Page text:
Appeal from the Order of the Workmen's Compensation Appeal Board in case of Bessie Schick v. Newspaper Guild of Greater Philadelphia, No. A-69981.
Sylvan D. Einhorn, with him Winer and Einhorn, for appellant.
R. D. Harburg, with him Swartz, Campbell & Detweiler, and James N. Diefenderfer, for appellees.
Judges Crumlish, Jr., Mencer and Rogers, sitting as a panel of three. Opinion by Judge Mencer. Judge Kramer did not participate in the decision in this case.
[ 25 Pa. Commw. Page 109]
At approximately 10:30 a.m. on Monday, March 16, 1970, Philadelphia police were summoned to the subway concourse at Broad and Race Streets where they found and administered aid to David S. Schick (decedent), an employee of the Newspaper Guild of Greater Philadelphia (Guild). The officers transported Schick to Hahnemann Hospital where he subsequently died from his injuries. The source of those injuries remains unclear to this date.
[ 25 Pa. Commw. Page 110]
Subsequently, Bessie Schick (claimant), as decedent's surviving spouse, filed a fatal claim petition seeking workmen's compensation benefits due to the loss of her husband. This petition was contested by the Guild and its insurer, and, after a considerable number of hearings, benefits were denied by a workmen's compensation referee. The Workmen's Compensation Appeal Board (Board) affirmed the referee's denial of benefits, and claimant therefore appealed to this Court.
Because the Board's decision was rendered subsequent to the 1972 amendments to The Pennsylvania Workmen's Compensation Act (Act)*fn1 and because here the decision below was against the party bearing the burden of proof, our review is limited to a determination of whether the referee's findings of fact are consistent with each other and with the conclusions of law and can be sustained without capriciously disregarding competent evidence. Workmen's Compensation Appeal Board v. Young, 18 Pa. Commonwealth Ct. 515, 336 A.2d 665 (1975). To have constituted a capricious disregard the referee's actions must have been so flagrant as to be repugnant to a man of reasonable intelligence. Workmen's Compensation Appeal Board v. Young, supra.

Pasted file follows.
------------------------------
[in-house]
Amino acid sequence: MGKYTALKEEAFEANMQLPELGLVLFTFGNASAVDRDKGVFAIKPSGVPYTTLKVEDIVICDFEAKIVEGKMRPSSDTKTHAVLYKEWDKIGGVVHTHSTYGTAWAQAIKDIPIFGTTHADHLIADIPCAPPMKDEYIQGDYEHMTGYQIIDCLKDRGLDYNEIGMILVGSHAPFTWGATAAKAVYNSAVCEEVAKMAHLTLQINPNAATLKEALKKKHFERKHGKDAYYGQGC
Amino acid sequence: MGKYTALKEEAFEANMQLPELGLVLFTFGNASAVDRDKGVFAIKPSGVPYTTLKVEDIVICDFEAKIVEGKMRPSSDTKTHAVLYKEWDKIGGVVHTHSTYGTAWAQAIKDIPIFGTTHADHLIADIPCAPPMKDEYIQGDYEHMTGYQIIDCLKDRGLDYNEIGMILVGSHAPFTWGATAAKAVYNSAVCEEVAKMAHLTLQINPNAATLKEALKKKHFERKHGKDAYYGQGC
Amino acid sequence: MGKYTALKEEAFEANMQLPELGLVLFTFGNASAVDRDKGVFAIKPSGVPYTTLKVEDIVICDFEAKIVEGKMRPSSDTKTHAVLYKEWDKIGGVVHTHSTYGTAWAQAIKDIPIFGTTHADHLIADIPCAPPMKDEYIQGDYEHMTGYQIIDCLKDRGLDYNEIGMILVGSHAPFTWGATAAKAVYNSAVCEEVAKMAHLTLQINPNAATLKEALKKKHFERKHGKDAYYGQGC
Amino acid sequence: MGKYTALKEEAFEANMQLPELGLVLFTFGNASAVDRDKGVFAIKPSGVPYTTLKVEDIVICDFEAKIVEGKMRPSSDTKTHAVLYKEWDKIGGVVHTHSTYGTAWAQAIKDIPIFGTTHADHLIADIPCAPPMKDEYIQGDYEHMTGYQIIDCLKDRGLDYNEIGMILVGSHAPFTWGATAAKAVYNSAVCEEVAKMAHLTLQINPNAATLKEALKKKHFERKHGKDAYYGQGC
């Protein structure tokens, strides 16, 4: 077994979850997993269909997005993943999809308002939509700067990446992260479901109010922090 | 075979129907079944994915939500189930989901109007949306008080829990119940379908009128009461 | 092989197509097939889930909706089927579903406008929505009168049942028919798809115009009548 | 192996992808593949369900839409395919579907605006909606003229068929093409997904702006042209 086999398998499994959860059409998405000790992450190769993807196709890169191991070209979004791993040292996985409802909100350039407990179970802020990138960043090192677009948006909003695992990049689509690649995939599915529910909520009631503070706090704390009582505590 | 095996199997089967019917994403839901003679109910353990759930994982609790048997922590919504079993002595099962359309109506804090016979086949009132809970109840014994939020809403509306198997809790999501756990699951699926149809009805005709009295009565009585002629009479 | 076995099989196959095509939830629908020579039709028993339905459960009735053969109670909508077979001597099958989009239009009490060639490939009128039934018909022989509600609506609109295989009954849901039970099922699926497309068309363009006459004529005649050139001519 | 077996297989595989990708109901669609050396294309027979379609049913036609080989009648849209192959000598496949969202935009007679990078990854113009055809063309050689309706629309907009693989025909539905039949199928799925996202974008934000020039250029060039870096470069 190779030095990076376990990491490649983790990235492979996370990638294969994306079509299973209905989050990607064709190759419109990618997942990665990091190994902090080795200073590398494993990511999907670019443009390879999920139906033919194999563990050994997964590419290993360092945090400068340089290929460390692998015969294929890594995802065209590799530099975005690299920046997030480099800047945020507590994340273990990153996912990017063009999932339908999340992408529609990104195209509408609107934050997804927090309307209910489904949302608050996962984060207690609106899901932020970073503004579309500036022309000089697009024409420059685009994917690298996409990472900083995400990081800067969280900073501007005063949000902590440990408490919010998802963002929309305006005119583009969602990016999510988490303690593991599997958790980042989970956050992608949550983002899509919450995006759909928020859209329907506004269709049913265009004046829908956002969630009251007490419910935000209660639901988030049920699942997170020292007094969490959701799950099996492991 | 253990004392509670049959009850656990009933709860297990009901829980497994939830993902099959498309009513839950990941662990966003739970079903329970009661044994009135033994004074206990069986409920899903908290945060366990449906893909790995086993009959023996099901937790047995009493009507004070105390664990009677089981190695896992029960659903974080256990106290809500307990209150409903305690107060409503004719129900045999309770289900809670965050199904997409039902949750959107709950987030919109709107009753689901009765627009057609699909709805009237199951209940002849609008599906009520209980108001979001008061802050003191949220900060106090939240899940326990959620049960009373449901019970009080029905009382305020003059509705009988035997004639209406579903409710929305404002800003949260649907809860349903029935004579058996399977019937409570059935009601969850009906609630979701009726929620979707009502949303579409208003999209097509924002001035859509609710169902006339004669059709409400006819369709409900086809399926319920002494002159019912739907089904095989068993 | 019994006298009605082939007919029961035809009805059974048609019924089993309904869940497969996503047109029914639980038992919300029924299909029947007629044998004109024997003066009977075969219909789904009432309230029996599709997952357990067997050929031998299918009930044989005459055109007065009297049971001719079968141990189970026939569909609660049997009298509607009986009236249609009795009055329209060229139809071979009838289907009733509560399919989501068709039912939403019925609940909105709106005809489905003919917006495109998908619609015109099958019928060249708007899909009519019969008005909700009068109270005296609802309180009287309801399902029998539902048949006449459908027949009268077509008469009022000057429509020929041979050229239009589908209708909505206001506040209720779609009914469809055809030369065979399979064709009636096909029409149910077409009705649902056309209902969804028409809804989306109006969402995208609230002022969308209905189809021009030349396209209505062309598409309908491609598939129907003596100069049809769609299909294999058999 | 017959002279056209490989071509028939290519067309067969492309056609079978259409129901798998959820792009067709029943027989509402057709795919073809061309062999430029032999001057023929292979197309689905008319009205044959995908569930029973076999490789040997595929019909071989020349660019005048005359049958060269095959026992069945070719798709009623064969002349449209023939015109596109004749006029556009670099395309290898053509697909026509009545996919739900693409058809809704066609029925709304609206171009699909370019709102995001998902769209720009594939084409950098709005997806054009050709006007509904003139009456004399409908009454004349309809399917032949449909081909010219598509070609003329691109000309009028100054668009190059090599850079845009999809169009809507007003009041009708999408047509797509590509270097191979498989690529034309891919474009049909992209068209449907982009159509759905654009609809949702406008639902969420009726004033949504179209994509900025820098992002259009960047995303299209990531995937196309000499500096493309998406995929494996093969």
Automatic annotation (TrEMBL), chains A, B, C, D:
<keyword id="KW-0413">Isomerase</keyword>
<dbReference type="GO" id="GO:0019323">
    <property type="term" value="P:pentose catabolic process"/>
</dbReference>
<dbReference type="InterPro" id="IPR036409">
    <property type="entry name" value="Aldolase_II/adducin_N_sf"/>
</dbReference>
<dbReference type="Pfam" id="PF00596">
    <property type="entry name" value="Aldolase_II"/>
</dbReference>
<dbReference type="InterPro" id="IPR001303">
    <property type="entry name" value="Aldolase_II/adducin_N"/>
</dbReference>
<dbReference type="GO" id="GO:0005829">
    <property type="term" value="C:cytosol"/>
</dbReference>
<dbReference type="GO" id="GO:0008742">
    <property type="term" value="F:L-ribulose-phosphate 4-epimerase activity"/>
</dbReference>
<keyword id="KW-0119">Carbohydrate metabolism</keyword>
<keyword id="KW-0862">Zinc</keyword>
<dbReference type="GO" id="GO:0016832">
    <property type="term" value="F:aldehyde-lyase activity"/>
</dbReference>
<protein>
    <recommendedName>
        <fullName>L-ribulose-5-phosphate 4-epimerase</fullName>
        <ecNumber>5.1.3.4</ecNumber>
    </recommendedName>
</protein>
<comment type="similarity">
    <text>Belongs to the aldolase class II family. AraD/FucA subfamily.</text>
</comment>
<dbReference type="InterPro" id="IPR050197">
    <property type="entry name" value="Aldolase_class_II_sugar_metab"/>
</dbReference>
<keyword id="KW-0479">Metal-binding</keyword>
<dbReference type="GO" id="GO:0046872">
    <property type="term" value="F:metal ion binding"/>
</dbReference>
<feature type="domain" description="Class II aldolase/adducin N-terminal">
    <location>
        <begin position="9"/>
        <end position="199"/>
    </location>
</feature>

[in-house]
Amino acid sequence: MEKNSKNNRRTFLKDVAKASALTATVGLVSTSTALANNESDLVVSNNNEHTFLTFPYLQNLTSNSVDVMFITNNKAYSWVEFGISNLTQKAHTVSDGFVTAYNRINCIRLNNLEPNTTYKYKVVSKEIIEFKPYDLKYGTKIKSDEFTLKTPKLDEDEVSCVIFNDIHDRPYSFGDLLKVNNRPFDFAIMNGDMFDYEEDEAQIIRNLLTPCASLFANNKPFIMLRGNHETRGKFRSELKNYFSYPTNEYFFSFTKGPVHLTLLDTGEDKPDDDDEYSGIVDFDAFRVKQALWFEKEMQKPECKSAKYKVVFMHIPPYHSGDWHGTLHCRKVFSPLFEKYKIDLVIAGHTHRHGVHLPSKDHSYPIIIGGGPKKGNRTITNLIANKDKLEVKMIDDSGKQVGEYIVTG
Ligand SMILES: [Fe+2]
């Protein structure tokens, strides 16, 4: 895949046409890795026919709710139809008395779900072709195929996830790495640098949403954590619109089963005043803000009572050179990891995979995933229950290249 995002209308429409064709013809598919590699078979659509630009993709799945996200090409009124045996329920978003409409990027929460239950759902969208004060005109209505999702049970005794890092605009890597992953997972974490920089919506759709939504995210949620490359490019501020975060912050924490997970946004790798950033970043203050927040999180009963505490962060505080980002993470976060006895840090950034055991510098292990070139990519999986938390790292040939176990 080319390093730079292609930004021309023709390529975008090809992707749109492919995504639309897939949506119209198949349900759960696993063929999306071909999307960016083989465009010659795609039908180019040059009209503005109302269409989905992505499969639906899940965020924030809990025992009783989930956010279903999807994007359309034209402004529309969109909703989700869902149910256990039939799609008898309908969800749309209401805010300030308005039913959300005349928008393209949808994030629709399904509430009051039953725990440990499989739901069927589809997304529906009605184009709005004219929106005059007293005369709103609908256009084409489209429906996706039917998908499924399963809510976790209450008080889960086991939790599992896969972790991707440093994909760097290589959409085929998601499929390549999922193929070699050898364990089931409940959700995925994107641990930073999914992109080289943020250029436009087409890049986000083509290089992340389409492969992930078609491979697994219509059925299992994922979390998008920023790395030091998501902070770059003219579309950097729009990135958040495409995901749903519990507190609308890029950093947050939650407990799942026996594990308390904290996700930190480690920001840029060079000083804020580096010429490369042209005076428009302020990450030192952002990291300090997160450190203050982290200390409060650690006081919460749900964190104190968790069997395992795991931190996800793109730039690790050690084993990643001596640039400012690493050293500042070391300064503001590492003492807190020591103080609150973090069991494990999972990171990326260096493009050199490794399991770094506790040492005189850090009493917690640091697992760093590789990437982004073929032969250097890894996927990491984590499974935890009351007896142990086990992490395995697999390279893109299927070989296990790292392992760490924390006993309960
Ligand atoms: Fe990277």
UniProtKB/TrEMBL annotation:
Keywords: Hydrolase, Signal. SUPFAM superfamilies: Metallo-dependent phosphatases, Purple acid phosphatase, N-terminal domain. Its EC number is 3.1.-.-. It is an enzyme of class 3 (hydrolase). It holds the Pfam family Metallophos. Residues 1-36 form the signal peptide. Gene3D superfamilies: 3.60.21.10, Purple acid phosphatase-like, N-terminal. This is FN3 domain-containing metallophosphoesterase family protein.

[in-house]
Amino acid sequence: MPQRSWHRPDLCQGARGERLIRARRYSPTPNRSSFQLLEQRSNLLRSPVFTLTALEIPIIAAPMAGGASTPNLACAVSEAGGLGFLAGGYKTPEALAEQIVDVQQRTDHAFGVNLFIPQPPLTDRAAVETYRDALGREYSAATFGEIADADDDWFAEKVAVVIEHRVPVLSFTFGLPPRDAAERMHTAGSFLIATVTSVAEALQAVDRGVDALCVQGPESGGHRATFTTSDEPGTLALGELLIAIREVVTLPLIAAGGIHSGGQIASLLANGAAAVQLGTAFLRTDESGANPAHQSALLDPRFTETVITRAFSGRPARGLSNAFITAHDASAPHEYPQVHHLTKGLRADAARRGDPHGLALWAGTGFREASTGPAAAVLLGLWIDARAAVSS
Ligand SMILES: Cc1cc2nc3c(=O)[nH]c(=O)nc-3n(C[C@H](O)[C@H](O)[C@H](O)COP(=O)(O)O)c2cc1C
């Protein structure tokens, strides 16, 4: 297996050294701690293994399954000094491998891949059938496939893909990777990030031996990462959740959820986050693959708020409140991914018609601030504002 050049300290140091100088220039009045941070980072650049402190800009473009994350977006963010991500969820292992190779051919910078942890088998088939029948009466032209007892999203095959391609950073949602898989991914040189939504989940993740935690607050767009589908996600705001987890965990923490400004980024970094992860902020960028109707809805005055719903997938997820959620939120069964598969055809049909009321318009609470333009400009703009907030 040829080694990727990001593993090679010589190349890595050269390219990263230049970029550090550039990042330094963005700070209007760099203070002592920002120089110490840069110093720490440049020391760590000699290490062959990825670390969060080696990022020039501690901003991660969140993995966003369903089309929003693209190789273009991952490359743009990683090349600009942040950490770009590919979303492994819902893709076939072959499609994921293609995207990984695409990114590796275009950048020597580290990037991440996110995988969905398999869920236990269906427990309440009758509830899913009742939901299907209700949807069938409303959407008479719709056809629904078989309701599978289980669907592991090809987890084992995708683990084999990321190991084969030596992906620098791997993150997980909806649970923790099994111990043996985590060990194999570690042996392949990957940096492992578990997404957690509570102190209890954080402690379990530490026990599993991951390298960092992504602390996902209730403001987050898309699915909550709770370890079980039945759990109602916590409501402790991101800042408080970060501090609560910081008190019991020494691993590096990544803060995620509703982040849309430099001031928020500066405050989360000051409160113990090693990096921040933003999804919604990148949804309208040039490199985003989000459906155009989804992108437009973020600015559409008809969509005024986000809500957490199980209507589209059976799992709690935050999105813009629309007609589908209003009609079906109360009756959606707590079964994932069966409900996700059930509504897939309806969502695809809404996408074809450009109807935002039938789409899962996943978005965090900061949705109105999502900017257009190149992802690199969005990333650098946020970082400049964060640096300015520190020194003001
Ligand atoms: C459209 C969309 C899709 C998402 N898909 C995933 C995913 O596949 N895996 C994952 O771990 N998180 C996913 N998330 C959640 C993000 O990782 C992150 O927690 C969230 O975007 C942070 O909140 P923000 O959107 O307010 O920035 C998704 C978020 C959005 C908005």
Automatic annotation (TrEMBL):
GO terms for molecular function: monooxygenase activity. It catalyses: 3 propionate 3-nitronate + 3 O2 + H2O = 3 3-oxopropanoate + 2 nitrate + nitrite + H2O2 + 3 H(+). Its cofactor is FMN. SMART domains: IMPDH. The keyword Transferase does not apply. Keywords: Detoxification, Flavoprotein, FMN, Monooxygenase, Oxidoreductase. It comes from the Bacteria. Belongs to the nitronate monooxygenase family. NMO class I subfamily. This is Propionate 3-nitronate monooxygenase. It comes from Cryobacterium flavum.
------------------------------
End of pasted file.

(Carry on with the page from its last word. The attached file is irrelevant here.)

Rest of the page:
The primary issue below concerned whether decedent was in fact injured as a result of an accident that occurred during the course of his employment.*fn2 It is clear that claimant could have recovered benefits, even though decedent was not on the employer's premises
[ 25 Pa. Commw. Page 111]
at the time of the accident, if she had carried the burden of proving that decedent was, at the time of his accident, actually engaged in the employer's business.*fn3 See Workmen's Compensation Appeal Board v. Borough of Plum, supra note 2. We have closely examined the record and find that the referee did not capriciously disregard competent evidence in ruling that claimant had failed to carry her burden in that regard.
The question of whether a decedent was in the course of his employment when fatally injured is a question of law to be determined on the basis of the facts. Bullock v. Building Maintenance, Inc., 6 Pa. Commonwealth Ct. 539, 297 A.2d 520 (1972). As the Superior Court stated in Newman v. Congregation of Mercy and Truth, 196 Pa. Superior Ct. 350, 353, 175 A.2d 160, 161-62 (1961): "As a general rule, an employe who is injured on his way to work, and before reaching the premises of the employer, cannot recover compensation: Giallonardo v. St. Joseph's College, 177 Pa. Superior Ct. 87, 111 A.2d 178. This general rule is subject to an exception if the contract of employment includes transportation to and from work, or if the employe does not ...